There's also the dungeoneering aspect. This doesn't get as much play in the latter days of Vampire: the Masquerade, but the idea of a bunch of younger vampires going into the well-defended haven of an elder in torpor to diablerize them or whatever was a trope they tried to play a few times. It doesn't work very well because, y'know, vampires, but it's obviously a mindset they got into. And you could probably stretch a scenario or two out of managing to entice the PC vampires into a SAW-style murder-trap-house built by a Malkavian or a small cathedral of flesh put together by a Tzimisce that outsourced their interior decoration to the Zerg.



That's all a bit high-rent though. The typical vampire aesthetic - especially the Gothic Punk aesthetic initially pushed by White Wolf - was way more low-key. A vampire PC might not literally crawl back into their grave at night, or sleep in a coffin, or own a dilapidated Southern Gothic plantation house, but you were probably squatting in an abandoned building or maintaining a chic apartment by Dominating the guy who owned the building or living in a mobile home...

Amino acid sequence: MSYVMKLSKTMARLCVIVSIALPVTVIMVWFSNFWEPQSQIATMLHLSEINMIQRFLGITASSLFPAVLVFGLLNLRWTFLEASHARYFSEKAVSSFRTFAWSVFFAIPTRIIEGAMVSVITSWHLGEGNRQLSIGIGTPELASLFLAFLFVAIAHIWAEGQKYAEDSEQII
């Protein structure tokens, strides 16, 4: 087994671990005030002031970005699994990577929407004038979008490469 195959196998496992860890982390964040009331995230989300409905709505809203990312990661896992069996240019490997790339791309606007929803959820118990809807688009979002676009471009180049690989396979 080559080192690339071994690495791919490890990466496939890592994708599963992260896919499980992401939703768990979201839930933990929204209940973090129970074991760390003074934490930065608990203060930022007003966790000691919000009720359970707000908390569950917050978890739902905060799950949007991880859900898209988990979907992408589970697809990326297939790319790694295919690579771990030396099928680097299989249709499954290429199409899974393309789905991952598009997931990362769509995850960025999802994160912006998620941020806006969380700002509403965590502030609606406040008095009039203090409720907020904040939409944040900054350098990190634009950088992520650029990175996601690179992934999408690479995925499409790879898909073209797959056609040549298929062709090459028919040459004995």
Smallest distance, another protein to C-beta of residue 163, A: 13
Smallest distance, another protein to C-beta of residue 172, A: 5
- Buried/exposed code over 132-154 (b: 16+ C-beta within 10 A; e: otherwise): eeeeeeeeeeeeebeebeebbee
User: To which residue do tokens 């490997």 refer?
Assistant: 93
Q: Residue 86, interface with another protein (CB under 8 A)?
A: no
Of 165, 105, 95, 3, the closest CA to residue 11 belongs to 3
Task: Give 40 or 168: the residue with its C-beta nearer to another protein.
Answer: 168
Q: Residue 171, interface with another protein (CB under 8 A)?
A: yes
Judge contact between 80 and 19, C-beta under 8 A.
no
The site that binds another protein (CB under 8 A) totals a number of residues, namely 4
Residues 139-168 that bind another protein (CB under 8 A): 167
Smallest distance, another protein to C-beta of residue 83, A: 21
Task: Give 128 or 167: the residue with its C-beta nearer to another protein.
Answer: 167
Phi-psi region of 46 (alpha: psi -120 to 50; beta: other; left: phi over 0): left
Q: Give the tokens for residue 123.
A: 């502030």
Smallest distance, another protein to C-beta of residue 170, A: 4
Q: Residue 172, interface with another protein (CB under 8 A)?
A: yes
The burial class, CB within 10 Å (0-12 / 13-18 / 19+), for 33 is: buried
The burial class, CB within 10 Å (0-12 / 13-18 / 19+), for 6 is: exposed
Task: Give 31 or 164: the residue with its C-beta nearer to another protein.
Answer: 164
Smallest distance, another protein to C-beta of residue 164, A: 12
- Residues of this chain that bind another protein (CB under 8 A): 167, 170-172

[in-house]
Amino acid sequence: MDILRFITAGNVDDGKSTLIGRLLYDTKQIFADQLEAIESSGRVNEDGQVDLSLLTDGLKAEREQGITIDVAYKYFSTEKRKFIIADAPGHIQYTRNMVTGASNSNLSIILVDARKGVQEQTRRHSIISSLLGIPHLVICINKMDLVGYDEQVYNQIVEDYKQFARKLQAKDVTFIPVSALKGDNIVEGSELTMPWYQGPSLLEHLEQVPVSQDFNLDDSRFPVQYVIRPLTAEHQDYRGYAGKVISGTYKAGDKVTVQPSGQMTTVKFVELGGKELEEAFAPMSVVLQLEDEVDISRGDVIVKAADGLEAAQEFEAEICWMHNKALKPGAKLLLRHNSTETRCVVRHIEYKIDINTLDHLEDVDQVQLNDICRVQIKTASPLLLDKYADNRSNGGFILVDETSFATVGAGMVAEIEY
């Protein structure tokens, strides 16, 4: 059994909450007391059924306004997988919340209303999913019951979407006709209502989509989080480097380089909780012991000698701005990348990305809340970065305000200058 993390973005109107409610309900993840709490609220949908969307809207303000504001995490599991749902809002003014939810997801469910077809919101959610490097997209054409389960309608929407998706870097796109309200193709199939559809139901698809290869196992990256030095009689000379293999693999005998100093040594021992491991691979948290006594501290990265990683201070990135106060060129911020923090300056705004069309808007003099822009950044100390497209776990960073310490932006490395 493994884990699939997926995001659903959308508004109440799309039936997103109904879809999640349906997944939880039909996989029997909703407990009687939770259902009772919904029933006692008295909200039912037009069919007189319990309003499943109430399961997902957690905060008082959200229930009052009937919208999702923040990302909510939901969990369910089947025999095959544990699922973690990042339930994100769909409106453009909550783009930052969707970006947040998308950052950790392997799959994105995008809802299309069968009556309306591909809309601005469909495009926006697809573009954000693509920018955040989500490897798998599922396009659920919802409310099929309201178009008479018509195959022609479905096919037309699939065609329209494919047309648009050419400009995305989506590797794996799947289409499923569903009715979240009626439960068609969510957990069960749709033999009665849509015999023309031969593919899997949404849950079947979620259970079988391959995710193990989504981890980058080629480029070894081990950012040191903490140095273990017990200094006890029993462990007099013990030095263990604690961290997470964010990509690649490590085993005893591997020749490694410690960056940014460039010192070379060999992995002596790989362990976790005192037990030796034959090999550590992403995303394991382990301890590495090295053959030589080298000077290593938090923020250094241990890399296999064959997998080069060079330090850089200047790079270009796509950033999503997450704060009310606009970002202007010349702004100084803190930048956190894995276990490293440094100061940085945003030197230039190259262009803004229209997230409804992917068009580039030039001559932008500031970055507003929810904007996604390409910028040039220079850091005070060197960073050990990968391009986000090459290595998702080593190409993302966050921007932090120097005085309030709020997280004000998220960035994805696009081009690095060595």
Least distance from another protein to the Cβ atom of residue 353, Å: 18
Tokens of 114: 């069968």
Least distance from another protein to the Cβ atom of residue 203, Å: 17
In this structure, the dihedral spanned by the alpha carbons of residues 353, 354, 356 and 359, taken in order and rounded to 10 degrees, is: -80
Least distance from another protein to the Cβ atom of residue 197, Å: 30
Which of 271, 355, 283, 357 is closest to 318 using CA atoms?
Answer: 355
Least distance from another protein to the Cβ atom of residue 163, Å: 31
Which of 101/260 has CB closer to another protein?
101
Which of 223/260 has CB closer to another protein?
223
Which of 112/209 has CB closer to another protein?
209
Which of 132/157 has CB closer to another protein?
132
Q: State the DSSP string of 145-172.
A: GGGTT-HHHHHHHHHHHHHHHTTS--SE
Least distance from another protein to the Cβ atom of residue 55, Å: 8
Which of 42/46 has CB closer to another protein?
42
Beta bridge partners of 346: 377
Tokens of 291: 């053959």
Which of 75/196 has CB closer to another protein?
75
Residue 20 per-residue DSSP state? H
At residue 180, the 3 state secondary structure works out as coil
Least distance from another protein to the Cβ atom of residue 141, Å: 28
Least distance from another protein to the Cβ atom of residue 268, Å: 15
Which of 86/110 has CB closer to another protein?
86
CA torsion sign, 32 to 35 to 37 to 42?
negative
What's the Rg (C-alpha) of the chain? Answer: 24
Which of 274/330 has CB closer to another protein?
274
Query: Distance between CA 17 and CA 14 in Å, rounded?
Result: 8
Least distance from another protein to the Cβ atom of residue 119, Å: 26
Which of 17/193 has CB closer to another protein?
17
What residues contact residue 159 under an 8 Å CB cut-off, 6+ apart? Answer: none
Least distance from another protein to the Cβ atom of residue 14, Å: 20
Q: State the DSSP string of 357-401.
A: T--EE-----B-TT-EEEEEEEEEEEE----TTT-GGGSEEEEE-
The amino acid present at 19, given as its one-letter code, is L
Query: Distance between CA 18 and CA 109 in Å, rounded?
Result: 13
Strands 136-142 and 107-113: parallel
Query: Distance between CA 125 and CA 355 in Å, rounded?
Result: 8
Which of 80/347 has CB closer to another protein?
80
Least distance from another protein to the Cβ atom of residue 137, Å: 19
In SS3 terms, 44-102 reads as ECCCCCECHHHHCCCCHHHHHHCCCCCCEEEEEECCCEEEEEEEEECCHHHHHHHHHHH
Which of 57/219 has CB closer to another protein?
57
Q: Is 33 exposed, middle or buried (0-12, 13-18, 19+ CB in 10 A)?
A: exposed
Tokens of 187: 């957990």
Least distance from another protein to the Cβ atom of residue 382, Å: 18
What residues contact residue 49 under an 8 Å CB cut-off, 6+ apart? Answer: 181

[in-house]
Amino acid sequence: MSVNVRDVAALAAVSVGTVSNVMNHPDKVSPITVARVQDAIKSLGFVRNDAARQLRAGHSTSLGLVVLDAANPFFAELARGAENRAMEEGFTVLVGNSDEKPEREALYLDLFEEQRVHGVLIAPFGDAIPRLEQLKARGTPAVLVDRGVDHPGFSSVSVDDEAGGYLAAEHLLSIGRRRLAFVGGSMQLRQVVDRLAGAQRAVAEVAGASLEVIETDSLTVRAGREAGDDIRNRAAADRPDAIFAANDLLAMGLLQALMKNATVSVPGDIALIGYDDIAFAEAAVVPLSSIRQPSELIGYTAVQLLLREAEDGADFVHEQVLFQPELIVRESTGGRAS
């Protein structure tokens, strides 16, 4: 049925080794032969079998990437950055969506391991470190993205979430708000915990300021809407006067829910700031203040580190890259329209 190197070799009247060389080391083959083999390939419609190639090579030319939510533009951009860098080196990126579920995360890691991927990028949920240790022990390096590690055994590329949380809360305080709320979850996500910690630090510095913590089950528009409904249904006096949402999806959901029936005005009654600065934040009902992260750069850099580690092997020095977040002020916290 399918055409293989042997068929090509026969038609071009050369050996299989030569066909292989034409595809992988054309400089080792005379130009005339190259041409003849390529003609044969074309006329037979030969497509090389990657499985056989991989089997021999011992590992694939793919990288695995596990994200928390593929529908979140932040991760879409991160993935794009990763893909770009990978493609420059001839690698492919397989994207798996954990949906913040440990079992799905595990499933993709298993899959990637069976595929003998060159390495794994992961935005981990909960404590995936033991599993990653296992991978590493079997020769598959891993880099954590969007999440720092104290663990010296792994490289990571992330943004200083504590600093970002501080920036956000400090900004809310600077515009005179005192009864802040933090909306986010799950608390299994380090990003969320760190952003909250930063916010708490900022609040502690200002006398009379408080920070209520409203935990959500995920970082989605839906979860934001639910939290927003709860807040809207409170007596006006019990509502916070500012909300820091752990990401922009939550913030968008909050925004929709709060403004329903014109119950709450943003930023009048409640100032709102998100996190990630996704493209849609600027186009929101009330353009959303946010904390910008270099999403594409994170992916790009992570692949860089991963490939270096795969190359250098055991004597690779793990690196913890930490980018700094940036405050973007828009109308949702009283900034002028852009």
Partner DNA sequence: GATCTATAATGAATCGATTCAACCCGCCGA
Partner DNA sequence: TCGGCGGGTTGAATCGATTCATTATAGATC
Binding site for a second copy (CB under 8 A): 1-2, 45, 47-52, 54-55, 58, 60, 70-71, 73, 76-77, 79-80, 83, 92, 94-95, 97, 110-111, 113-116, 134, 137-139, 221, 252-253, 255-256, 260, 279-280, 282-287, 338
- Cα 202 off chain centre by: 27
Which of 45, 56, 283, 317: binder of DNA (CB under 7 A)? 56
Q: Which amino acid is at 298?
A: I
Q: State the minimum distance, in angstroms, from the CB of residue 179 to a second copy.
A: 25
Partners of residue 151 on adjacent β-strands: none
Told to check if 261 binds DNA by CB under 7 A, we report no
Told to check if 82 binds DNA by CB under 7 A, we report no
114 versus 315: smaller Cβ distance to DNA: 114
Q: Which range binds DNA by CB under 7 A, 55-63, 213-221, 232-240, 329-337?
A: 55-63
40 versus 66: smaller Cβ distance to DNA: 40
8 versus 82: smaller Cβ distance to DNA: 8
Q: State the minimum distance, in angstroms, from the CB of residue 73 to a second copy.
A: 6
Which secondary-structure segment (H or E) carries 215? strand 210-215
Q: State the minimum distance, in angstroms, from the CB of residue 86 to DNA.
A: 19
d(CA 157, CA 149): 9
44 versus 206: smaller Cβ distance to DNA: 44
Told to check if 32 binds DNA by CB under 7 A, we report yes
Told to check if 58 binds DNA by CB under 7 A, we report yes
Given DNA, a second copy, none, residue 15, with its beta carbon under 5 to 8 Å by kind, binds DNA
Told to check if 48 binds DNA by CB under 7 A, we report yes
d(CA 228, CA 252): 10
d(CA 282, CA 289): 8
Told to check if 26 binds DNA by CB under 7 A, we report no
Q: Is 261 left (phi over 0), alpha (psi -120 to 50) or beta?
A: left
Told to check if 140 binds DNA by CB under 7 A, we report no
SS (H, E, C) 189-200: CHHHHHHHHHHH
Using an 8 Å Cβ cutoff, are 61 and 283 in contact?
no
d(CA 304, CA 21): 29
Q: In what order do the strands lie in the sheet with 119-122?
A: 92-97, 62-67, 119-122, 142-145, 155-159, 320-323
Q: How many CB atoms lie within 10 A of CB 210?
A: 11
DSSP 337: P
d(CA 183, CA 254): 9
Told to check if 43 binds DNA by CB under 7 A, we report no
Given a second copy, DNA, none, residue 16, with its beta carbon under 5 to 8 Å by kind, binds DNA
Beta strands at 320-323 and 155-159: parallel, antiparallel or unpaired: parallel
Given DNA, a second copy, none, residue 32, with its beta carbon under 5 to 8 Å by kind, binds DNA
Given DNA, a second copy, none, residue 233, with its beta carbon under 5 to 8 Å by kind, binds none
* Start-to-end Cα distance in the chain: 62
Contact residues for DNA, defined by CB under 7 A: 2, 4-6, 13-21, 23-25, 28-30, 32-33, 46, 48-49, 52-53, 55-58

Hey it works.

...but we don't get any of that here. Instead, what this book covers 15 already-occupied havens in 96 pages. These are not explicitly dungeons for you to run or examples for you to consider when designing your own haven, although each comes with a couple adventure seeds. I figure I can manage about five per post. So we will do that.
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Ancient History
Invincible Overlord


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PostPosted: Mon Sep 18, 2017 3:11 am    Post subject: Reply with quote Add User to Ignore List

Quote:
How to Use This Book